Monitoring PHP errors is something you need to do if you want to keep your WordPress website secure, healthy, and fast. If not fixed, PHP errors can indeed reduce your website performance and increase your website vulnerability to downtime and hackers.
That’s why, in this article, I’ll explain to you what you need to know about the PHP error logs in WordPress: from how to turn on WordPress Error Log to how to implement a reliable PHP monitoring solution.
Let’s get started with two definitions! If you are in a hurry, you can directly go to the PHP monitoring plugins section.
PHP is the coding language WordPress is built on. When a user requests a web page that contains PHP code, the code is processed by the PHP module (Apache or Nginx) installed on the server.
Processing a request can generate PHP errors. This means that something is wrong with the PHP code. The error can be as simple as a missing semicolon, or as complex as calling an incorrect variable.
PHP errors can be triggered by theme, plugins, database, or server configuration. That’s one of the reasons why you should not install too many plugins on your WordPress websites.
Note that, the most PHP errors that you can see on your WordPress site are usually warnings and notices. This being said, some of them (fatal errors, internal server error, etc) can stop your website from loading.
Here are some of the PHP errors you can encounter.
Indeed, even if your website seems to be working well, it may in fact be suffering from undetected PHP errors that should be fixed ASAP. The WordPress error log gives you the list of these errors.
Error logs provide you with information such as the error type, the error line, and the file concerned. You should use WordPress error logs to troubleshoot arising issues or understand why they’ve happened.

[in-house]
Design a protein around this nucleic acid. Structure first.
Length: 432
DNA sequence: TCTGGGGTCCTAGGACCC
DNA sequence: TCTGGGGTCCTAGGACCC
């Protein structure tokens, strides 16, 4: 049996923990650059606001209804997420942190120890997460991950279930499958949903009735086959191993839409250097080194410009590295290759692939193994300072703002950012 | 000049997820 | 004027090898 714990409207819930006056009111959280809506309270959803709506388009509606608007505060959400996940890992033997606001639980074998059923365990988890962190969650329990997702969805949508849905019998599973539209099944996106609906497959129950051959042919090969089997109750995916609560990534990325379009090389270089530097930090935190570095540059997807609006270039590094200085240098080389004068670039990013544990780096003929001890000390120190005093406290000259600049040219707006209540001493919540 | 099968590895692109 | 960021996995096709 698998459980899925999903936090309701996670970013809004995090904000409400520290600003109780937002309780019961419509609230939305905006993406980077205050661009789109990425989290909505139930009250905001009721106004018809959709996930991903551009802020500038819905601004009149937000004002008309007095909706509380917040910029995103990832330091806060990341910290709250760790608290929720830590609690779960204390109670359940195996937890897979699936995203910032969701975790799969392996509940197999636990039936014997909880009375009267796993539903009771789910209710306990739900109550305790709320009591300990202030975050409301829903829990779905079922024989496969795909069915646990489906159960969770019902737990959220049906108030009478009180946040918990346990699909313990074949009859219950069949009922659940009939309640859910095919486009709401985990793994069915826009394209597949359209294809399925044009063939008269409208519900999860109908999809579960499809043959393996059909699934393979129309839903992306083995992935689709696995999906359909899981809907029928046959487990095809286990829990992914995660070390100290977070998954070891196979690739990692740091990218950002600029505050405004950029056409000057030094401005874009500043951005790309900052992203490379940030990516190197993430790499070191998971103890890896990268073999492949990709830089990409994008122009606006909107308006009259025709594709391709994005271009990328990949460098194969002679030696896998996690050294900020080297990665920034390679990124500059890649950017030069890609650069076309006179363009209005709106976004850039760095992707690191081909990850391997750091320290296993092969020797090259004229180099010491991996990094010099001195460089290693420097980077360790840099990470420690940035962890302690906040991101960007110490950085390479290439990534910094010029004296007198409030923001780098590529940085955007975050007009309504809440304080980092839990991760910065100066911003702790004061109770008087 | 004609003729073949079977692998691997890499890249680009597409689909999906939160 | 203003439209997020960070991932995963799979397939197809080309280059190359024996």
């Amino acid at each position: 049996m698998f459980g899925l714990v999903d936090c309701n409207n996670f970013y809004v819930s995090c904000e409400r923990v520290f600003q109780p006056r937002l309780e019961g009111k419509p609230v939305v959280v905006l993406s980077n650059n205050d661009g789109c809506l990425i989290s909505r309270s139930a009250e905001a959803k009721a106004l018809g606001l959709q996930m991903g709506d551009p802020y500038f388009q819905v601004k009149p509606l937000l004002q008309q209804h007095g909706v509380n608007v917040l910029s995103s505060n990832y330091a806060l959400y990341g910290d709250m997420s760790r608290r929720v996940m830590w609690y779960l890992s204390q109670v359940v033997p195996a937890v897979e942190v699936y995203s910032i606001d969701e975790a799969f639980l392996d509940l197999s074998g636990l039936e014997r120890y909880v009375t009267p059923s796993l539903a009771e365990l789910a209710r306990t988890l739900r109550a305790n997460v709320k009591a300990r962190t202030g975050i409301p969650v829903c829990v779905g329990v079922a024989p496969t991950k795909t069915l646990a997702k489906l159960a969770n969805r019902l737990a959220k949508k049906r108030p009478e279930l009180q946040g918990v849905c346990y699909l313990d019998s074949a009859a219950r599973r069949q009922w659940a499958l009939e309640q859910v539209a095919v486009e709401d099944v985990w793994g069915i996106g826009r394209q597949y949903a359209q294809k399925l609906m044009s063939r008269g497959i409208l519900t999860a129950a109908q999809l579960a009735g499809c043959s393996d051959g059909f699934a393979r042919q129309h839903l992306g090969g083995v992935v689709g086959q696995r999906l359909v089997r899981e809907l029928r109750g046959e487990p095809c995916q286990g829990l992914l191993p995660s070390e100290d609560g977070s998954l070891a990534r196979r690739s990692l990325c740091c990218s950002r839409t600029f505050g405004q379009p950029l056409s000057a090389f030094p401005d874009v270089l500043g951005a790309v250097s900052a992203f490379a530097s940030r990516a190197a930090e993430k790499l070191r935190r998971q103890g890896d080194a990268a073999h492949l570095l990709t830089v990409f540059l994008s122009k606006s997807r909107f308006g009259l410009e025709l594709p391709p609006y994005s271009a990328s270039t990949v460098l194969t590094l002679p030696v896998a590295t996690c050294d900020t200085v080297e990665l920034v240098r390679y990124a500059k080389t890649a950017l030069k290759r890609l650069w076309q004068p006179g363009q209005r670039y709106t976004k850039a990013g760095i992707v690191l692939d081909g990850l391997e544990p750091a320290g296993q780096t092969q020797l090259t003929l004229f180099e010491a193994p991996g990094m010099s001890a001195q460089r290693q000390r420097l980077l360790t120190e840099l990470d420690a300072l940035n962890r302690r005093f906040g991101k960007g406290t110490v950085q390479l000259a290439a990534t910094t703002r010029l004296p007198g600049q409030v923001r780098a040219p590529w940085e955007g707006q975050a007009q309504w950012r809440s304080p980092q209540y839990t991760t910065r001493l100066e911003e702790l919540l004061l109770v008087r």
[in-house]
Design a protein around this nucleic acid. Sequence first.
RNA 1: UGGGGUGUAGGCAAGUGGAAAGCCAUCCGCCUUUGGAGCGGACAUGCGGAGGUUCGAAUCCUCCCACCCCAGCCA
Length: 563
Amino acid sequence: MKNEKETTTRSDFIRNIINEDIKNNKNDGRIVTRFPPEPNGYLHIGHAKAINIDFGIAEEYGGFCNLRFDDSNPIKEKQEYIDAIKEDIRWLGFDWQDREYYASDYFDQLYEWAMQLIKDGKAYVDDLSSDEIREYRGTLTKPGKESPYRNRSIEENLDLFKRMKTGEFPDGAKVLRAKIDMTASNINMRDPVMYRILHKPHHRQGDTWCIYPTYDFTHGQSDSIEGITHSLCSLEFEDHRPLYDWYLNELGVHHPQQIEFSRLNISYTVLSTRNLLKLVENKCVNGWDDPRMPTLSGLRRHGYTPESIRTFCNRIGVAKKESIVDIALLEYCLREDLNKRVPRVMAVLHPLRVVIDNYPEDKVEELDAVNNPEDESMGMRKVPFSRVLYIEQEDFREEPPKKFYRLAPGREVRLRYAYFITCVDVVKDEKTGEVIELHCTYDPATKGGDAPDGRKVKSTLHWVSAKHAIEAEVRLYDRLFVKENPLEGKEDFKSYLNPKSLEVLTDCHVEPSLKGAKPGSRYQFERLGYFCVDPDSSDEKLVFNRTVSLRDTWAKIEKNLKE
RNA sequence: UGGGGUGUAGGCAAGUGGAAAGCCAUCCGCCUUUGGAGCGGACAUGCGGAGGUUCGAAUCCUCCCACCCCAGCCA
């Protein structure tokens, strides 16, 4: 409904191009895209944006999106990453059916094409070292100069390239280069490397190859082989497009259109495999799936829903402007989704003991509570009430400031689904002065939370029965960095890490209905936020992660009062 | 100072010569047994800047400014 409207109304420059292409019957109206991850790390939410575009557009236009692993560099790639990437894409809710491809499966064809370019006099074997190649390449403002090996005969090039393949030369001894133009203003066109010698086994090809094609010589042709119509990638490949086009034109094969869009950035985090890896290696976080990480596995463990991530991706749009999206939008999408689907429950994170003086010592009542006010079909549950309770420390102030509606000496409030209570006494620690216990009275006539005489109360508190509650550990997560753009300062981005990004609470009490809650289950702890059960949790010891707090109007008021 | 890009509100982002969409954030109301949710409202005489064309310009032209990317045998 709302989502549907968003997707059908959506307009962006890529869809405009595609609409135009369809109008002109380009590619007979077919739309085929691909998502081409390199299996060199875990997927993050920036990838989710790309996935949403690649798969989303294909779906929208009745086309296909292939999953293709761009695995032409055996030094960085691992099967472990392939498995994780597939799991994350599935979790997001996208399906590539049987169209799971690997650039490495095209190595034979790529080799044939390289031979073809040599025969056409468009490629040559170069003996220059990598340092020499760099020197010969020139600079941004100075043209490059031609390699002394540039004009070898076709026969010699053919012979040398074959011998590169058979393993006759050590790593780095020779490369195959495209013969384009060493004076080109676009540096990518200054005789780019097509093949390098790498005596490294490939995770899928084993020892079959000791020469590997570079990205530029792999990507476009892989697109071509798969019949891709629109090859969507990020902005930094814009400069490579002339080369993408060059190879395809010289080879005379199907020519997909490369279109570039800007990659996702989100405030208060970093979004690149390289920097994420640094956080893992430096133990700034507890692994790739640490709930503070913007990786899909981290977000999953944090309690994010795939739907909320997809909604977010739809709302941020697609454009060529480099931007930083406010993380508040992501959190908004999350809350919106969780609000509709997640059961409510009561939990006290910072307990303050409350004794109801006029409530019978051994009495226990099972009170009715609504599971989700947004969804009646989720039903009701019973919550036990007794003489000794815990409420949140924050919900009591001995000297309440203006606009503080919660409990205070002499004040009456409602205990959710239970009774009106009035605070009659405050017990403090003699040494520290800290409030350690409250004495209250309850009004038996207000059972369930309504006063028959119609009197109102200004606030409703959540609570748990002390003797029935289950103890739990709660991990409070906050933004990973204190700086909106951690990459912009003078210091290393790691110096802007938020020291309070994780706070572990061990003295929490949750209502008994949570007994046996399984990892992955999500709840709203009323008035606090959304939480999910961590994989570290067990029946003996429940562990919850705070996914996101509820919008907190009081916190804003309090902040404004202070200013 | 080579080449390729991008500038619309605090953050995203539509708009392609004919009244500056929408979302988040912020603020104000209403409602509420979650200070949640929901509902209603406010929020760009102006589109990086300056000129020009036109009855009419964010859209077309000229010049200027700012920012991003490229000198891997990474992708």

If my explanation still looks blurry and if you don’t see the point of enabling the debugging mode for WordPress, here are some situations where you might really need it:
There are two ways to access PHP error logs in WordPress: manually or with a monitoring plugin. If you don’t like to get your hands dirty go to the next section.
The wp-config.php file contains important WordPress settings like how to connect to your database. This is the file you need to edit in order to enable WordPress debugging mode and access WordPress error logs where you will find your PHP errors.
First, you need to connect to your website using an FTP client. Then, download the
wp-config.php file to make a backup of it. Then you can start editing it with your favorite HTML editor.
Just before the line “That’s all, stop editing! Happy blogging” add this:define( ‘WP_DEBUG’, true ); define( ‘WP_DEBUG_LOG’, true );
Or write true instead of false if the WP_debug function is already defined.
WP_DEBUG will allow you to enable debug mode and WP_DEBUG_LOG will allow you to send all errors to a file, so PHP errors are not displayed on your pages.
Save your changes and upload the file back to your website. The errors will then get logged to the
debug.log file within your
wp-content folder. If you don’t see the file, you can create one.
WP Umbrella is a PHP errors monitoring plugin for WordPress. This monitoring plugin also checks your website’s uptime rate and performance.
From here, click on the “view advanced” to get all the information relating to your WordPress website PHP errors.
That’s it, easy peasy!
Regrettably, there’s no magic and universal approach to fixing issues that you discovered in your WordPress website’s error log.
That’s why we have written several articles to help you to troubleshoot WordPress errors: